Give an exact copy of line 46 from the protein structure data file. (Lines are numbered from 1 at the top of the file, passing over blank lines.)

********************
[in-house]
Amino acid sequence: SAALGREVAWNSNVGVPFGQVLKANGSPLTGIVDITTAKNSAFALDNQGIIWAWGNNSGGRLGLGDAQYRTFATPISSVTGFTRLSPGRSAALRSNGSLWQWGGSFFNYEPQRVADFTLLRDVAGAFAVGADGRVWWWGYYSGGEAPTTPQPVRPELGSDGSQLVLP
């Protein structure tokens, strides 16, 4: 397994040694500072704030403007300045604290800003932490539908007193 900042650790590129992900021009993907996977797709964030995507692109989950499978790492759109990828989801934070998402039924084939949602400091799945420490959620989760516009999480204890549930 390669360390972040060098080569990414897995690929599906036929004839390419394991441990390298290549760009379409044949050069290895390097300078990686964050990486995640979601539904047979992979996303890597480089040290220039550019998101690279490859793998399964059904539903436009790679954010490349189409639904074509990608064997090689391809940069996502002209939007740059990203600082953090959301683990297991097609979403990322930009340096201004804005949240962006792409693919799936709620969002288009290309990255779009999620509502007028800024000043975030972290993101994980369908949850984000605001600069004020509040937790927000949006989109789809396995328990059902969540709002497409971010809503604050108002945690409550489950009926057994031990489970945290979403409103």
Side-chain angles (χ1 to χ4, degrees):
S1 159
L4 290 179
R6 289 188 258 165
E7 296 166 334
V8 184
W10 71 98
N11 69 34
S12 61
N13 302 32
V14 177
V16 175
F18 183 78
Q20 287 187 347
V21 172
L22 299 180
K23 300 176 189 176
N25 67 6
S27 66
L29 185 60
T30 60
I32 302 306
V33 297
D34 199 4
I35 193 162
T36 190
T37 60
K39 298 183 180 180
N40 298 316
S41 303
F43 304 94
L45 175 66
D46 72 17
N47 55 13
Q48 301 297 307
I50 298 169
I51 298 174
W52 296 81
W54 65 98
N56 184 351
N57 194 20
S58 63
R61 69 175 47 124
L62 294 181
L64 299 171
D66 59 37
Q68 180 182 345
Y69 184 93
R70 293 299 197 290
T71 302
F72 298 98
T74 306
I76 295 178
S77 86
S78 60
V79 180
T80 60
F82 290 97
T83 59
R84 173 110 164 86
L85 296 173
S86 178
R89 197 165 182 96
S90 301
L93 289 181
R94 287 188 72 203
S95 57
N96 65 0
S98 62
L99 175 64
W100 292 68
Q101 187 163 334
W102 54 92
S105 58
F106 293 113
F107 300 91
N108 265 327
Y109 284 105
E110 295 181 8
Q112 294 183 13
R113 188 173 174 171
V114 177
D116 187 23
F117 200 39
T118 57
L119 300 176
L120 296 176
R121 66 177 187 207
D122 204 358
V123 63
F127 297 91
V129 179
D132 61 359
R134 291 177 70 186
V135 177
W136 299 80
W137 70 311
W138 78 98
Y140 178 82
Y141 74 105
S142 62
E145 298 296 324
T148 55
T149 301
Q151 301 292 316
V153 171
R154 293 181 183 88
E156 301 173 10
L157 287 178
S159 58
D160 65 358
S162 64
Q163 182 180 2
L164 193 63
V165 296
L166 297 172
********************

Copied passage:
R61 69 175 47 124